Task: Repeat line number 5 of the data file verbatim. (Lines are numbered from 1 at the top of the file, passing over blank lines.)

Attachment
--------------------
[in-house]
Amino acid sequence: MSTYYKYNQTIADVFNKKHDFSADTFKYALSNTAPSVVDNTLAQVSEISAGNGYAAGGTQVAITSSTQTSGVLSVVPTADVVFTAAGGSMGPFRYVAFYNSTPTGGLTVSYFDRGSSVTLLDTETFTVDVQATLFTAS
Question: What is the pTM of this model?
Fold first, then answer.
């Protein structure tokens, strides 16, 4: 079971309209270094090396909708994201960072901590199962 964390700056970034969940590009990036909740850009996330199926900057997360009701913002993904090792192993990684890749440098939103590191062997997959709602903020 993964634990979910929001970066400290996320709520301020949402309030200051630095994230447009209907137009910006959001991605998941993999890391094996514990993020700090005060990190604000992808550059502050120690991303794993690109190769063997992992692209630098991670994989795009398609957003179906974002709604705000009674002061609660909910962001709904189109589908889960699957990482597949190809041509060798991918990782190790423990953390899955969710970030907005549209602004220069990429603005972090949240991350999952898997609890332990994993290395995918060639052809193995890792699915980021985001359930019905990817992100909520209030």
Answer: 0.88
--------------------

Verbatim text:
């Protein structure tokens, strides 16, 4: 079971309209270094090396909708994201960072901590199962 964390700056970034969940590009990036909740850009996330199926900057997360009701913002993904090792192993990684890749440098939103590191062997997959709602903020 993964634990979910929001970066400290996320709520301020949402309030200051630095994230447009209907137009910006959001991605998941993999890391094996514990993020700090005060990190604000992808550059502050120690991303794993690109190769063997992992692209630098991670994989795009398609957003179906974002709604705000009674002061609660909910962001709904189109589908889960699957990482597949190809041509060798991918990782190790423990953390899955969710970030907005549209602004220069990429603005972090949240991350999952898997609890332990994993290395995918060639052809193995890792699915980021985001359930019905990817992100909520209030």